A collection of time series is partially cointegrated if a linear combination of these time series can be found so that the residual spread is partially autoregressive - meaning that it can be represented as a sum of an autoregressive series and a random walk. This concept is useful in modeling certain sets of financial time series and beyond, as it allows for the spread to contain transient and permanent components alike. Partial cointegration has been introduced by Clegg and Krauss (2017)

R package for fitting the partially cointegrated model

A collection of time series is partially cointegrated if a linear combination of these time series can be found so that the residual spread is partially autoregressive - meaning that it can be represented as a sum of an autoregressive series and a random walk. This concept is useful in modeling certain sets of financial time series and beyond, as it allows for the spread to contain transient and permanent components alike. Partial cointegration has been introduced by Clegg and Krauss (2016) http://hdl.handle.net/10419/140632, along with a large-scale empirical application to financial market data. The partialCI package comprises estimation, testing, and simulation routines for partial cointegration models in state space. Clegg et al. (2017) http://hdl.handle.net/10419/150014 provide an in in-depth discussion of the package functionality as well as illustrating examples in the fields of finance and macroeconomics. If a collection of time series is partially cointegrated, then the spread between them can be interepreted as a mean-reverting series that has possibly been contaminated with a (hopefully small) random walk.

The developer version can be find on Github. To use the developer version of the partialCI package, you will need to start by installing it, which can be done using devtools:

```
> install_github("matthewclegg/partialCI")
```

To find the partially cointegrated model that best fits two series X and Y, use:

```
> fit.pci(Y, X)
```

An interface to Yahoo! Finance permits you to find the best fits for two particular stocks of interest:

```
> yfit.pci("RDS-B", "RDS-A")
Fitted values for PCI model
Y[t] = alpha + X[t] %*% beta + M[t] + R[t]
M[t] = rho * M[t-1] + eps_M [t], eps_M[t] ~ N(0, sigma_M^2)
R[t] = R[t-1] + eps_R [t], eps_R[t] ~ N(0, sigma_R^2)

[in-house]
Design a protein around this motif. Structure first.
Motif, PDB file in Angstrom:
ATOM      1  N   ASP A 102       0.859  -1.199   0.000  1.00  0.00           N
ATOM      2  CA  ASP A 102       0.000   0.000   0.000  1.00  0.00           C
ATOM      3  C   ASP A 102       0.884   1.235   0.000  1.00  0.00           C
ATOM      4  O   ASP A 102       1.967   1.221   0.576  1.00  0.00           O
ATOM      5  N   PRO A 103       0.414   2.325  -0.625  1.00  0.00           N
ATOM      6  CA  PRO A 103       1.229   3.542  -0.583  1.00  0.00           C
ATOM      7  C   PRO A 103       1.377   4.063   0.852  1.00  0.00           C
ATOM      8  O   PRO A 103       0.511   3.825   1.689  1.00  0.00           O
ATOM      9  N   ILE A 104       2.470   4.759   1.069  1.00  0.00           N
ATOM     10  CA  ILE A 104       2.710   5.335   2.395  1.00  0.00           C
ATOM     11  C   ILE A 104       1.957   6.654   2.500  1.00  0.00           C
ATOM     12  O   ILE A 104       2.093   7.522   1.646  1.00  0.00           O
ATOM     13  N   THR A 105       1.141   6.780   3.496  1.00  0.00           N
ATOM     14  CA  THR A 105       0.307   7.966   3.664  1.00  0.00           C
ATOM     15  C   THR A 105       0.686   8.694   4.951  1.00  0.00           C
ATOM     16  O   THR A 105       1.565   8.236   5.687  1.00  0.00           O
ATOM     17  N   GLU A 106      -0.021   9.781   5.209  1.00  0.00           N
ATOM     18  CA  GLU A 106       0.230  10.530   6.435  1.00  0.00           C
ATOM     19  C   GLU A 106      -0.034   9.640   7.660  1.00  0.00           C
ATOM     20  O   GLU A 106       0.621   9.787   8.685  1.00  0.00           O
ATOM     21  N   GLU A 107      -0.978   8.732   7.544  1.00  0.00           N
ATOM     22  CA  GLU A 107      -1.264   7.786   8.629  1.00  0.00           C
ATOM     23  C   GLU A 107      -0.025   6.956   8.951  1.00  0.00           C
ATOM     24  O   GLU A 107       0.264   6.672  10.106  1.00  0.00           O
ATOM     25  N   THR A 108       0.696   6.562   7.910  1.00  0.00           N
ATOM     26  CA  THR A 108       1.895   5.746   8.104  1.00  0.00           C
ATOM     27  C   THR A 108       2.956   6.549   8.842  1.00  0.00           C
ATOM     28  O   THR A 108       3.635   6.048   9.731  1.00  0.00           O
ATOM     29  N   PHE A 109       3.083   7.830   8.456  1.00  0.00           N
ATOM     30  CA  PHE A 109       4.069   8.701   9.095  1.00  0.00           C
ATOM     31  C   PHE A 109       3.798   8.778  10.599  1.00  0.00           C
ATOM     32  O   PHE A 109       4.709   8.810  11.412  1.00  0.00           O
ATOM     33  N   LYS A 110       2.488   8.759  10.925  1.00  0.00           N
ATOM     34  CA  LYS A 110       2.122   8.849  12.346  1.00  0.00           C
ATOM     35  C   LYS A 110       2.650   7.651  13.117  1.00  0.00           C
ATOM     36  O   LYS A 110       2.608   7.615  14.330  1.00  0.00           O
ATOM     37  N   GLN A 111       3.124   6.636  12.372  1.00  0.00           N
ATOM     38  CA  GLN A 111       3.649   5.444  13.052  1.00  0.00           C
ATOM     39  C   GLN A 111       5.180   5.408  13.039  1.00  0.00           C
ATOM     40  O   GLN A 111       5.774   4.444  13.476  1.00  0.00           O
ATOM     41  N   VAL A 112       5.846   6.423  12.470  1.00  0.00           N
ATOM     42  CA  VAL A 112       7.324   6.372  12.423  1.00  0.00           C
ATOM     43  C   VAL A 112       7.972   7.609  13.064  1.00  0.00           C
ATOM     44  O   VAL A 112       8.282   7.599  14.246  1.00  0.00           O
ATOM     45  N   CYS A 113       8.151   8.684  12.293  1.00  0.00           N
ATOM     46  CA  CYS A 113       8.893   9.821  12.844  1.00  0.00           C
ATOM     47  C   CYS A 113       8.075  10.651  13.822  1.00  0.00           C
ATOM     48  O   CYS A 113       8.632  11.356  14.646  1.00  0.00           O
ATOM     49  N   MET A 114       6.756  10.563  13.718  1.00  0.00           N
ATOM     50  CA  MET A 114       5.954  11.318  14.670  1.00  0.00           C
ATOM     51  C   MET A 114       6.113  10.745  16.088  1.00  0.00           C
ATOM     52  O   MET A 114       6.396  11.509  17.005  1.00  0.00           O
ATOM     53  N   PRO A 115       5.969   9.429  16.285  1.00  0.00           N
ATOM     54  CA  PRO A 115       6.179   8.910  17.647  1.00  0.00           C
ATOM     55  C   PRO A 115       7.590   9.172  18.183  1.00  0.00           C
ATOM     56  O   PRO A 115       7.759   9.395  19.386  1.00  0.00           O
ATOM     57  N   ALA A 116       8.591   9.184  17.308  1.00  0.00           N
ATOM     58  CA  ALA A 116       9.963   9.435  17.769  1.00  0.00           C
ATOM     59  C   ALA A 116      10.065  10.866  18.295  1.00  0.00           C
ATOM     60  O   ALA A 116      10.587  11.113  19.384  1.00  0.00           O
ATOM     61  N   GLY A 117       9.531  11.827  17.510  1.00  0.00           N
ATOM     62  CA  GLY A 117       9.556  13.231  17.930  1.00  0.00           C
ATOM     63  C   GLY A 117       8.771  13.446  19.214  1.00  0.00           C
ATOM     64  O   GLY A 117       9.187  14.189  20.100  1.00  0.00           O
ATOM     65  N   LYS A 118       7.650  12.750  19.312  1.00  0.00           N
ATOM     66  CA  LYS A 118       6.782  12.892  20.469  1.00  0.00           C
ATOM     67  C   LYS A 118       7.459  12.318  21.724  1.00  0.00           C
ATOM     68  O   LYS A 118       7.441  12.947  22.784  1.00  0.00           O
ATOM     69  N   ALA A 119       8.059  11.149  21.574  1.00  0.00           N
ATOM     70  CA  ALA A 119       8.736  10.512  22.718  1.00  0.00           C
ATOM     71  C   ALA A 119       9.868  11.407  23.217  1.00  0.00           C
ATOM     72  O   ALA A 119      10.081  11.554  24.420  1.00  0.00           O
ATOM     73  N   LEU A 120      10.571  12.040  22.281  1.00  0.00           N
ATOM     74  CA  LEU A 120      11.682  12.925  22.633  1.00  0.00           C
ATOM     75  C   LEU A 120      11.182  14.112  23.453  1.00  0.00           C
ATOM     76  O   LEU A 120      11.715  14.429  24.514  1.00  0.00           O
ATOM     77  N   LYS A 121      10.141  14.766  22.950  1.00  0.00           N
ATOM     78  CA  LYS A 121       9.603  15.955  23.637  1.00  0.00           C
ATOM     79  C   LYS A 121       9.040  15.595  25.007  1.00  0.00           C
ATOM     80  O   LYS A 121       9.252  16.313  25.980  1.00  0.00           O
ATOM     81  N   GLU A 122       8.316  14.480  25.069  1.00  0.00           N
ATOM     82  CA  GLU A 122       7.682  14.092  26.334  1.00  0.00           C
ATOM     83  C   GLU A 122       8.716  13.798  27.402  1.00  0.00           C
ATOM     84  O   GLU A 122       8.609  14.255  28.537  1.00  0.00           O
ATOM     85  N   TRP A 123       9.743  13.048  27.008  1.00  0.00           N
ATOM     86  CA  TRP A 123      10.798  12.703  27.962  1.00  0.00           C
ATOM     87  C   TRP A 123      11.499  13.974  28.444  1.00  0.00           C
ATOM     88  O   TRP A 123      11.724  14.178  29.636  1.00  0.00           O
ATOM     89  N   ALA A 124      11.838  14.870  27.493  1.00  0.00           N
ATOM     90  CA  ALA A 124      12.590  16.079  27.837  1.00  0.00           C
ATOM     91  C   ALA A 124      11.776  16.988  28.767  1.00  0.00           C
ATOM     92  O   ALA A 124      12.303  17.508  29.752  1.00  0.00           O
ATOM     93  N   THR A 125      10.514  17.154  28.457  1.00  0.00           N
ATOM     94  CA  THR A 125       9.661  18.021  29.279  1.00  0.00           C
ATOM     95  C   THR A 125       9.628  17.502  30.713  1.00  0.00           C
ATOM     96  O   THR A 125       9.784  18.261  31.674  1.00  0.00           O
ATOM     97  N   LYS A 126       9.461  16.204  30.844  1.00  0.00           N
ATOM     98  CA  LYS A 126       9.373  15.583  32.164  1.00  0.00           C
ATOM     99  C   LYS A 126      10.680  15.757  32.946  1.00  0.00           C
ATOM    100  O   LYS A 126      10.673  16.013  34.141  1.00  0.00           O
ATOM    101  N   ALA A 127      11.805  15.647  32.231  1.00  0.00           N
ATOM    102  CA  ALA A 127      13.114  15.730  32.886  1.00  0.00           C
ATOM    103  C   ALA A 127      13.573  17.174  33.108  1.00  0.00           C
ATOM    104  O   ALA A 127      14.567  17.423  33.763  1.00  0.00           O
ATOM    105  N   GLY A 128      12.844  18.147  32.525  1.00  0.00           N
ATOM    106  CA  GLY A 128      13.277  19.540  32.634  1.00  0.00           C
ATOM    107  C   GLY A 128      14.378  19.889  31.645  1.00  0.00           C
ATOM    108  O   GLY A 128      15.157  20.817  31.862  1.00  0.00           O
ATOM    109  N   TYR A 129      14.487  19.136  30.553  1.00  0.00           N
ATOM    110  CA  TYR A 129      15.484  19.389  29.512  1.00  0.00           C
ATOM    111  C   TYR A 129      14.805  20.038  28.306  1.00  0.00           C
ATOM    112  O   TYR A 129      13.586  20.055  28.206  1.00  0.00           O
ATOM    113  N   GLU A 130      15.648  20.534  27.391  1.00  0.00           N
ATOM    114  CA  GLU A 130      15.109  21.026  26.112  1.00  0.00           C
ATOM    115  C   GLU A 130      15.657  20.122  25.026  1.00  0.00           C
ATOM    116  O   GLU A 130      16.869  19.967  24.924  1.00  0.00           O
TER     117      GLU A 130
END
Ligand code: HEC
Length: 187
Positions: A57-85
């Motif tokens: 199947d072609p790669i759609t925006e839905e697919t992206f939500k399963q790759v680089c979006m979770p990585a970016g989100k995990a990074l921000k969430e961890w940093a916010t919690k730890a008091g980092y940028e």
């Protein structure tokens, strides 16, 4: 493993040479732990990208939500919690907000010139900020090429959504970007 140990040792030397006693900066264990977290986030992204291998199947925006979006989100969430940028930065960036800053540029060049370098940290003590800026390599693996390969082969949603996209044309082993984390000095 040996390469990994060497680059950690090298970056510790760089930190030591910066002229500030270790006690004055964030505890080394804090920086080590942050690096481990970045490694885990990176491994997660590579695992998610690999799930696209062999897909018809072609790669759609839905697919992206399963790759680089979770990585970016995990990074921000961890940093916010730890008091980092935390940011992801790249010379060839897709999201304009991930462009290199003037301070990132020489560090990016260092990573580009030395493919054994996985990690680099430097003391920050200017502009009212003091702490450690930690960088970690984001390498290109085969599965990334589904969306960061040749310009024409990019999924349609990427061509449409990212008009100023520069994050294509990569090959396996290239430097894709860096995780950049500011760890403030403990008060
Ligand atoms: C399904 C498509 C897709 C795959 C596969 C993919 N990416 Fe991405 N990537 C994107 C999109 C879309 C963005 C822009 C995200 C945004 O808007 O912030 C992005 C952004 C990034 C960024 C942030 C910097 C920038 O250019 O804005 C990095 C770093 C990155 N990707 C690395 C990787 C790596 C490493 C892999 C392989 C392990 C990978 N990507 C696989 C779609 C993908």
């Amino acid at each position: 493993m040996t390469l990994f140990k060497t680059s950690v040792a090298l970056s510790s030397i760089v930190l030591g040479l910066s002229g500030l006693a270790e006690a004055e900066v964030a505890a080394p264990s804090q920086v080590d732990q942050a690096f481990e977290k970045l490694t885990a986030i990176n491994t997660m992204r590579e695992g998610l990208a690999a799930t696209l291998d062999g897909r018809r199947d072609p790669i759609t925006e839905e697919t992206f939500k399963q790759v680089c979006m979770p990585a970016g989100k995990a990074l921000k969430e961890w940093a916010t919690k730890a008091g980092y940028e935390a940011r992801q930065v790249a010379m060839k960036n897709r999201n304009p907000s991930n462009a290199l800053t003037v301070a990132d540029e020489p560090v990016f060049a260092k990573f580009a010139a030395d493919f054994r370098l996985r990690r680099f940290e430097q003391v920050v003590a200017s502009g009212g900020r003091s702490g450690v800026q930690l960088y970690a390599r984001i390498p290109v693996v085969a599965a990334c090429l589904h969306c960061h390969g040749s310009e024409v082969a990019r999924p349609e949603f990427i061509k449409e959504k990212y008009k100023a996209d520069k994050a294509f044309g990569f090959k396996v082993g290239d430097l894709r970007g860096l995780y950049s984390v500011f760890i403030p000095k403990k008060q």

Estimate Std. Err
alpha 0.2063 0.8804
beta_RDS-A 1.0531 0.0133
rho 0.9055 0.0355
sigma_M 0.2431 0.0162
sigma_R 0.0993 0.0350
-LL = 41.30, R^2[MR] = 0.863
```

This example was run on 1/7/2016. RDS-A and RDS-B are two classes of shares offered by Royal Dutch Shell that differ slightly in aspects of their tax treatment. The above fit shows that the spread between the two shares is mostly mean-reverting but that it contains a small random walk component. The mean-reverting component accounts for 86.3% of the variance of the daily returns. The value of 0.9055 for rho corresponds to a half-life of mean reversion of about 7 trading days.

To test the goodness of fit, the test.pci function can be used:

```
> h <- yfit.pci("RDS-B", "RDS-A")
> test.pci(h)
Likelihood ratio test of [Random Walk or CI(1)] vs Almost PCI(1) (joint penalty method)
data: h
Hypothesis Statistic p-value
Random Walk -4.94 0.010
AR(1) -4.08 0.010
Combined 0.010
```

The test.pci function tests each of two different null hypotheses: (a) the residual series is purely a random walk, and (b) the residual series is purely autoregressive. In addition, the union of these hypothesis is also tested. For practical applications, one is usually most interested in rejecting the first of these null hypotheses, e.g., that the residual series is purely a random walk.

The partialCI package also contains a function for searching for hedging portfolios. Given a particular stock (or time series), a search can be conducted to find the set of stocks that best replicate the target stock. In the following example, a hedge is sought for SPY using sector ETF's.

```
> sectorETFS <- c("XLB", "XLE", "XLF", "XLI", "XLK", "XLP", "XLU", "XLV", "XLY")
> prices <- multigetYahooPrices(c("SPY", sectorETFS), start=20140101)
> hedge.pci(prices[,"SPY"], prices)
-LL LR[rw] p[rw] p[mr] rho R^2[MR] Factor | Factor coefficients
490.67 -1.7771 0.1782 0.0100 0.9587 0.8246 XLF | 6.8351
283.26 -4.3988 0.0137 0.0786 0.9642 1.0000 XLK | 3.6209 2.2396
168.86 -6.4339 0.0100 0.0100 0.7328 0.6619 XLI | 2.3191 1.6542 1.1391
Fitted values for PCI model
Y[t] = alpha + X[t] %*% beta + M[t] + R[t]
M[t] = rho * M[t-1] + eps_M [t], eps_M[t] ~ N(0, sigma_M^2)
R[t] = R[t-1] + eps_R [t], eps_R[t] ~ N(0, sigma_R^2)
Estimate Std. Err
alpha 14.2892 1.5598
beta_XLF 2.3191 0.1439
beta_XLK 1.6542 0.0804
beta_XLI 1.1391 0.0662
rho 0.7328 0.1047
sigma_M 0.2678 0.0315
sigma_R 0.2056 0.0401
-LL = 168.86, R^2[MR] = 0.662
```

The top table displays the quality of the fit that is found as each new factor is added to the fit. The best fit consisting of only one factor is found by using XLF (the financials sector). The negative log likelihod score for this model is 490.67. However, the random walk hypothesis (p[rw]) cannot be rejected at the 5% level. When adding XLK (the technology sector), the negative log likelihood drops to 283.26 and the random walk hypothesis for the spread can now be rejected. This means that SPY is at least partially cointegrated and possibly fully cointegrated with a portfolio consisting of XLF and XLK in the right proportions. The best overall fit is obtained by also adding XLI (industrials) to the hedging portfolio. The final fit is

```
SPY = $14.29 + 2.32 XLF + 1.65 XLK + 1.14 XLI
```

For this fit, the proportion of variance attributable to the mean reverting component is 66.2%, and the half life of mean reversion is about 2.2 days.

Please feel free to write to us if you have questions or suggestions.

Matthew Clegg

Christopher Krauss

Jonas Rende

April 21, 2017